Skip to content

GET BREAKING NEWS IN YOUR BROWSER. CLICK HERE TO TURN ON NOTIFICATIONS.

X

PUBLISHED: | UPDATED:

By Jon Bishop

jbishop@nashobapub.com

DEVENS — The shortage of Central Massachusetts mental-health treatment options might soon get a shot in the arm.

Dr. Michael Krupa, CEO of Health Partners New England, a Winchester-based psychiatric services management organization, met with Devens residents Wednesday night to outline his proposed New England Recovery Center, a private 86- to 110-bed for-profit facility that would treat both psychiatric and substance-abuse patients.

The location, 85 Patton Road, is 7.6 acres in size, and the proposed building would be about 84,000 square feet, with two floors. It would employ about 170 to 200 people.

Krupa, a clinical psychologist by training, said that there would be one six-bed psychiatric intensive care unit, four units of 20 to 26 beds, and specialty units that could — once they get clinical partners — treat eating disorders, substance abuse, child and adolescent issues, and geriatrics.

“There’s a very high need for child and adolescent services,” Krupa said. “There are no other beds in Central Massachusetts.”

In general, Central Massachusetts is under-bedded by about 177, Krupa said. For example, about 2,200 patients from the UMass Memorial Medical Center system travel more than an hour because of the lack of beds. Psychology and psychiatry are tough divisions of medicine, he said.

Krupa said he is only two months into the letter-of-intent filing process for the facility and that ultimately, the proposal would have to be approved by the Devens Enterprise Commission. Public hearings will be held, but have yet to be scheduled, he added.

“It’s been very tough to get finances,” he said.

But that is changing.

The design, though not yet finished, will likely be attractive and welcoming, both for patients and staff, Krupa said.

“It matters to build things the right way,” he said. “You want it to be as elegant as possible.”

The small number of Devens residents and others in attendance were mostly pleased.

“I’m very excited about this, for the reasons he mentioned,” said Dr. Kent Boynton of Harvard, who has a Ph.D in social welfare. “Running a unit, we were getting referrals from this area constantly.”

Tom Kinch, a Devens resident, said the presentation helped him understand more about the project.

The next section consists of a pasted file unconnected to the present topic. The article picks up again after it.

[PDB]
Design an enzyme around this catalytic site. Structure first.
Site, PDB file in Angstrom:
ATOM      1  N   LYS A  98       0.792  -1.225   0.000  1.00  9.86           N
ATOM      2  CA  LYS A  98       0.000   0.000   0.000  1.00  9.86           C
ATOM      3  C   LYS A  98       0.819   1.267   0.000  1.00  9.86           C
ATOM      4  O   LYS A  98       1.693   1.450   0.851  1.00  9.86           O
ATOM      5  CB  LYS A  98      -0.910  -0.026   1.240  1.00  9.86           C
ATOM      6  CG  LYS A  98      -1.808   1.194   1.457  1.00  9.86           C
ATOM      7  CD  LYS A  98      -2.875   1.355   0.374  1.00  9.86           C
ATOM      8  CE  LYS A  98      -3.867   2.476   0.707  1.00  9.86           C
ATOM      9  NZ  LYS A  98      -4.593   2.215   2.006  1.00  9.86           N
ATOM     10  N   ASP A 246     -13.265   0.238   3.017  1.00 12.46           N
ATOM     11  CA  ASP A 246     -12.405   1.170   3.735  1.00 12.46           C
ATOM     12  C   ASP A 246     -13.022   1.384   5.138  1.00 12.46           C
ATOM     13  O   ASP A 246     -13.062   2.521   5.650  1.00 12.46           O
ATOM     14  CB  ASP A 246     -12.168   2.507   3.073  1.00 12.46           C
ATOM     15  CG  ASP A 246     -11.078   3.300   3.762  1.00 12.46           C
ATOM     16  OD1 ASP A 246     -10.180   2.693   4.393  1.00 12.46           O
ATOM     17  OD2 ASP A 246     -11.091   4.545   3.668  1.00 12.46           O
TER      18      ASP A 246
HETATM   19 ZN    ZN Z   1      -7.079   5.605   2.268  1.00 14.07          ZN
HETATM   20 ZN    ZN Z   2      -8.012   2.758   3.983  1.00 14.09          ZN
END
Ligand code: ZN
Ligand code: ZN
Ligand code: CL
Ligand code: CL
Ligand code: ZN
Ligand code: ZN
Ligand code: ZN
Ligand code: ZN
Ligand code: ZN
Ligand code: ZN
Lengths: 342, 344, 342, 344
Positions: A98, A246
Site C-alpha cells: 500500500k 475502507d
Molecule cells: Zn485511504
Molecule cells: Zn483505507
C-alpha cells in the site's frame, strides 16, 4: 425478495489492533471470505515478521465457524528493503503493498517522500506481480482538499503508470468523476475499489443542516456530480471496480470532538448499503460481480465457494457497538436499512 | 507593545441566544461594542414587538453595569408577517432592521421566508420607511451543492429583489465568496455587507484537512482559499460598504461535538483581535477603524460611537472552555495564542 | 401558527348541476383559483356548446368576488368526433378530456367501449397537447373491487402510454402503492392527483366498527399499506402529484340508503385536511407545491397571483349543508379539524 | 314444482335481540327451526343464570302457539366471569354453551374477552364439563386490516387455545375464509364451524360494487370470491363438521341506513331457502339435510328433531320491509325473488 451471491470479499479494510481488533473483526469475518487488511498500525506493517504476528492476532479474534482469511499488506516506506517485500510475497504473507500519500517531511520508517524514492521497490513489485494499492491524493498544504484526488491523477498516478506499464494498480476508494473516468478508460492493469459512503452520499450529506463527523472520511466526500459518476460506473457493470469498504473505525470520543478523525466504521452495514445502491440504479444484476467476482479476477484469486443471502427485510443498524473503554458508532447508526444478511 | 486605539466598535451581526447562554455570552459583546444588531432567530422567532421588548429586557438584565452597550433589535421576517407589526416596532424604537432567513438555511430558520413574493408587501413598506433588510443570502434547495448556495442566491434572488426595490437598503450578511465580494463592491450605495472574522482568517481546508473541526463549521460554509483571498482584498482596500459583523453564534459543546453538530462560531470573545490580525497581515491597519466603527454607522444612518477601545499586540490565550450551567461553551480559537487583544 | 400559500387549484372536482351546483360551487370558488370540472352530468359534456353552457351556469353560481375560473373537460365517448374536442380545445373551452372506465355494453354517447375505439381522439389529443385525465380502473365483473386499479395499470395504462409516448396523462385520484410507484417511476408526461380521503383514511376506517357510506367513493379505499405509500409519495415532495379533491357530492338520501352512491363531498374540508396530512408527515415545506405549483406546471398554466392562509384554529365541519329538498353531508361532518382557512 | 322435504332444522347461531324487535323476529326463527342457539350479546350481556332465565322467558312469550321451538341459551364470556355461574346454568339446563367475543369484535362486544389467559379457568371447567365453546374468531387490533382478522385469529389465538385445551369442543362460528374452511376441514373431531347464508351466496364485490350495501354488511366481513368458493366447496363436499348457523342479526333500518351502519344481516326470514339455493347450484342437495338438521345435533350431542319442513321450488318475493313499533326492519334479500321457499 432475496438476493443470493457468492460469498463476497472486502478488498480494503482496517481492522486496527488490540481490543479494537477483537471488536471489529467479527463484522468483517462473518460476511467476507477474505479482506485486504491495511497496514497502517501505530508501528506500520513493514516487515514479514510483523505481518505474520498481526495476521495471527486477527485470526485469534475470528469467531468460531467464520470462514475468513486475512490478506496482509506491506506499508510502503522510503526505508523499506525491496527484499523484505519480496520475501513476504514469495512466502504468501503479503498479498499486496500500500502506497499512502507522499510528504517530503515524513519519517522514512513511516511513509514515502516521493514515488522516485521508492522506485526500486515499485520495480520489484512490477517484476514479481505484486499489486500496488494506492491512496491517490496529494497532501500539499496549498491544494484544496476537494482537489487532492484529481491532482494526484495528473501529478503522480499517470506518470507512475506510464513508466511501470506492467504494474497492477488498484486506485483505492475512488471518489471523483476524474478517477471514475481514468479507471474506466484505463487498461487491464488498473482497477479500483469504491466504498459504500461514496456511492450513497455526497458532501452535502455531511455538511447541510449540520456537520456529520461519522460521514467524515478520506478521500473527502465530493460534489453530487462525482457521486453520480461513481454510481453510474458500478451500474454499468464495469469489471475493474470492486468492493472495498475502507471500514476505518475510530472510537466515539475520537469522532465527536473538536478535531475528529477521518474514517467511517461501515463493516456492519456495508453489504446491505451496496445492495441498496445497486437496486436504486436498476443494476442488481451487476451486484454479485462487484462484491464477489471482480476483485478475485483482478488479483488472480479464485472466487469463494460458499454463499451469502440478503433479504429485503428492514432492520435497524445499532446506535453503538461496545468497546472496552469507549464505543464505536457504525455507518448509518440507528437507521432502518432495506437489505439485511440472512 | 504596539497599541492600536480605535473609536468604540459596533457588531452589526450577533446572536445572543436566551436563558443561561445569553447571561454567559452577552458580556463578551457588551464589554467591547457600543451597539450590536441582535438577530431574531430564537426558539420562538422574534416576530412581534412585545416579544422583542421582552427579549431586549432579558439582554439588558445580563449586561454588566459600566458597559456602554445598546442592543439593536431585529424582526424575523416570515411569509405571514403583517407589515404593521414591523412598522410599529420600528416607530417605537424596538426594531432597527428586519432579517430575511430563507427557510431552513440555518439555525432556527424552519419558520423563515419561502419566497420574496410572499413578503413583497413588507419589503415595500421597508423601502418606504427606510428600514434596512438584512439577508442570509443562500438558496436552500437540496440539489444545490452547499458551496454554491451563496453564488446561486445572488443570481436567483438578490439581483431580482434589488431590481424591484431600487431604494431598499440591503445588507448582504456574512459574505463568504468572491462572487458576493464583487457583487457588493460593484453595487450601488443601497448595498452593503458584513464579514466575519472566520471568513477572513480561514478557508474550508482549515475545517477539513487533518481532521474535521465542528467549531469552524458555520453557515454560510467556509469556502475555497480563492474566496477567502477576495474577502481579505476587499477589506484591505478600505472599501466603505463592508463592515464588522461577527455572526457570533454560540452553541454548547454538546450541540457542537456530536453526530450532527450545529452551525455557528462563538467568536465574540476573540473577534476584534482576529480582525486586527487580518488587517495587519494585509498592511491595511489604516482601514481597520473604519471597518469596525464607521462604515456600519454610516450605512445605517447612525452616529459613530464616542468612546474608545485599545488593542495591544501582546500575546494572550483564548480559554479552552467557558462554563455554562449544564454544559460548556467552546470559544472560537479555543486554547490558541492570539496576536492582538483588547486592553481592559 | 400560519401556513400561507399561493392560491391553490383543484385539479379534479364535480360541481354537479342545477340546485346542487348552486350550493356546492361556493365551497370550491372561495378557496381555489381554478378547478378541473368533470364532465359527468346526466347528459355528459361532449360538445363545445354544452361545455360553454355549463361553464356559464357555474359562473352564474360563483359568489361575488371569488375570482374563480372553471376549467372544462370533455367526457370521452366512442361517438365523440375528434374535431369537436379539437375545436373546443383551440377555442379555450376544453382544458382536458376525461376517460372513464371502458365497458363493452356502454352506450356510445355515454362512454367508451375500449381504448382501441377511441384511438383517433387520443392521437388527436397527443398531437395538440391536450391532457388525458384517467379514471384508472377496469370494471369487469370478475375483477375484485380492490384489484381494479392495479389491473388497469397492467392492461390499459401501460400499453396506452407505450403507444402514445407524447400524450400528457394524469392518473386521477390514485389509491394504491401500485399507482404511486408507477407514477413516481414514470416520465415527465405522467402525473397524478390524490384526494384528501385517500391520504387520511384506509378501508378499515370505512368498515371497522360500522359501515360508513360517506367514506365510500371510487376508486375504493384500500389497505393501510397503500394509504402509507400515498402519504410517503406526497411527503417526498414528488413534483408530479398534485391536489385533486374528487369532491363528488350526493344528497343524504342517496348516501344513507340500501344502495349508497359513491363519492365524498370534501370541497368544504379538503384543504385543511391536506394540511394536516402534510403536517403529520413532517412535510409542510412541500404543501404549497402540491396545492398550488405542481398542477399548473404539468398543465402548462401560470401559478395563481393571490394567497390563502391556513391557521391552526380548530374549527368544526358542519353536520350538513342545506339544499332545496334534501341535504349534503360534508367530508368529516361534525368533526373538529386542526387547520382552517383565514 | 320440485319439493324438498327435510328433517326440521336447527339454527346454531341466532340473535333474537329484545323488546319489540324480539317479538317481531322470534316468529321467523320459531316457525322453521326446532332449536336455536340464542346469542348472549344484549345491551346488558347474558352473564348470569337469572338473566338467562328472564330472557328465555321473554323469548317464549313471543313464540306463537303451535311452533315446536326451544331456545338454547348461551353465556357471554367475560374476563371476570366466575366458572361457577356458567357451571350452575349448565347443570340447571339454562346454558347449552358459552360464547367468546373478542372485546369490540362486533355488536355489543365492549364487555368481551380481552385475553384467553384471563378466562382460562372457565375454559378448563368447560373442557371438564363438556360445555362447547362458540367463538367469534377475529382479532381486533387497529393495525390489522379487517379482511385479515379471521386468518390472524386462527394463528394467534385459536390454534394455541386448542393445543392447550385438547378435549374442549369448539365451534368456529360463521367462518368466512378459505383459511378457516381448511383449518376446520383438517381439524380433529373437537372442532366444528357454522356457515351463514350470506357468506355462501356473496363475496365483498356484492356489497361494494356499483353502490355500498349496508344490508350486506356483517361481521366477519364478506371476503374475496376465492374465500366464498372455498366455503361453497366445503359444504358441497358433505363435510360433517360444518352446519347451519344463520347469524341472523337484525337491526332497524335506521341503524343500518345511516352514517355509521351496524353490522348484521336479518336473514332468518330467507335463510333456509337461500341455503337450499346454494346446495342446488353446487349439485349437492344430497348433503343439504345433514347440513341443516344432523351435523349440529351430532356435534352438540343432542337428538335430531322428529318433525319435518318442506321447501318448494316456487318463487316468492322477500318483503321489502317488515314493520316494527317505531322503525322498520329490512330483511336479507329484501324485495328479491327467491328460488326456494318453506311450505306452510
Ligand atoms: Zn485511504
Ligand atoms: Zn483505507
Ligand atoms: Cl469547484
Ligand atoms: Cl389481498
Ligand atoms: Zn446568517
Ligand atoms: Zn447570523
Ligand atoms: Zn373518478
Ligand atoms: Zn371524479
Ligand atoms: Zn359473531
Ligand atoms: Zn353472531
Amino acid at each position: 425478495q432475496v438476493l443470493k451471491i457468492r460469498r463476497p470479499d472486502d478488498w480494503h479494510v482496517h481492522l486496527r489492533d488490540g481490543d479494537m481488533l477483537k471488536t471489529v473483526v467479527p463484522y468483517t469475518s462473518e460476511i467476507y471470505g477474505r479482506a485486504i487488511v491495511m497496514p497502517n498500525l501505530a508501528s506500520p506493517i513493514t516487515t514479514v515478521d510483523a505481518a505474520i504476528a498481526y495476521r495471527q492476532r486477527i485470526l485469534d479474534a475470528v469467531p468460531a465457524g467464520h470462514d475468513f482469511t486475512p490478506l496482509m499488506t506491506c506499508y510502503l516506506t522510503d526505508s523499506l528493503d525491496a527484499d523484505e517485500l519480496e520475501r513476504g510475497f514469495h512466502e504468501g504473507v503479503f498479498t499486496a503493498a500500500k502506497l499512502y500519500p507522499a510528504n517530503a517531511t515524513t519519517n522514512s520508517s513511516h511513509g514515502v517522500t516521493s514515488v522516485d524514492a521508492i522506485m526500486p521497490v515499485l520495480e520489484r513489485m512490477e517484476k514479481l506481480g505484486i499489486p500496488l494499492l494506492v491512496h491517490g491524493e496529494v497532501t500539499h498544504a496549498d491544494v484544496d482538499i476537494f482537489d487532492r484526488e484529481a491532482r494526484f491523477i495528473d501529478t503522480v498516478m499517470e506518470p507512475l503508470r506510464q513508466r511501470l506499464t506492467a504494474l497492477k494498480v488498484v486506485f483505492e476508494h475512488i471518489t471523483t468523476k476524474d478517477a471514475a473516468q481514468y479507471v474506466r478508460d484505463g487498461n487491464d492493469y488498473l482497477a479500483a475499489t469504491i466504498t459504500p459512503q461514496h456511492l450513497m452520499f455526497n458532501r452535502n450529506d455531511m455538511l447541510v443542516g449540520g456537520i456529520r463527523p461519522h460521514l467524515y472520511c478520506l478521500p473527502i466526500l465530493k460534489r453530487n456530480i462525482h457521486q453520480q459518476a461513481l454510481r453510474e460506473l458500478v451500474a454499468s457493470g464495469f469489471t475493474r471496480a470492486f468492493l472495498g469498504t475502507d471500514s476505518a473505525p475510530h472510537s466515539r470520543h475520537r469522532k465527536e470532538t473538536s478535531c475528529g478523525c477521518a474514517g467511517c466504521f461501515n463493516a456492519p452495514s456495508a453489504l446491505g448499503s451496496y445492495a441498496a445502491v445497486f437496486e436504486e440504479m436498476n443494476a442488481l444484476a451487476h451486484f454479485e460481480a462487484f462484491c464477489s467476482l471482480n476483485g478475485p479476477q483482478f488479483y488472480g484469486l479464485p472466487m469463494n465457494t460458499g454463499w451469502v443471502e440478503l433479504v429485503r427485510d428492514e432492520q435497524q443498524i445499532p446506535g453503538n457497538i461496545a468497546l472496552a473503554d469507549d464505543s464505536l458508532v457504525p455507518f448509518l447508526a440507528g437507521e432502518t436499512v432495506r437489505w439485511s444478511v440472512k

“I really appreciate it,” he said.

But Eric Knapp, who is with the Devens golf course, said he was concerned with people leaving the facility.

Boynton, as did Krupa, reminded him that the units would be locked.

Many officials and people in the mental-health field, when contacted about the proposal, praised the idea.

“I think it’s great there’s a proposal to address the need for psychiatric beds,” said state Sen. Jen Flanagan. “It’s a resource that’s desperately needed in our region,” adding that it’s one of those issues we need to deal with on Beacon Hill.

Sen. Jamie Eldridge said that “a week doesn’t go by where my office” isn’t seeing requests for help for a substance-abuse problem or a mental-health challenge.”

“This is a facility that would fill a gap,” he said. “I support the project.”

Hilary Curtis of Advocates, Inc., a human-services organization, agreed.

“It’s a very welcome addition for the field,” she said. “There’s never enough beds — especially in the wintertime. I look forward to any collaboration.”

And Laurie Martinelli, executive director of the National Alliance on Mental Illness of Massachusetts, said that “100 new beds is good.”

“There’s a severe shortage of psychiatric beds in the state,” she said.

According to E. Fuller Torrey, whose book Out of the Shadows: Confronting America’s Mental Illness Crisis that PBS cited in a Frontline report, there were 558,239 severely mentally ill patients in the nation’s public hospitals. By 1994, there were 71,619. This was due to de-institutionalization.

Krupa, who spoke about this in his presentation, said that, though there were many beds in the ’50s, people tended to be locked away, never to be seen again. But once de-institutionalization happened, many people believed that the country went too far in the other direction.

He said that, because people realize the need for psychiatric treatment, everything is “hitting an equilibrium.”

Massachusetts is also a leader in getting people health insurance. About 99 percent of its population is insured, and there is virtually full coverage for inpatient care, he said.

Join the Conversation

We invite you to use our commenting platform to engage in insightful conversations about issues in our community. We reserve the right at all times to remove any information or materials that are unlawful, threatening, abusive, libelous, defamatory, obscene, vulgar, pornographic, profane, indecent or otherwise objectionable to us, and to disclose any information necessary to satisfy the law, regulation, or government request. We might permanently block any user who abuses these conditions.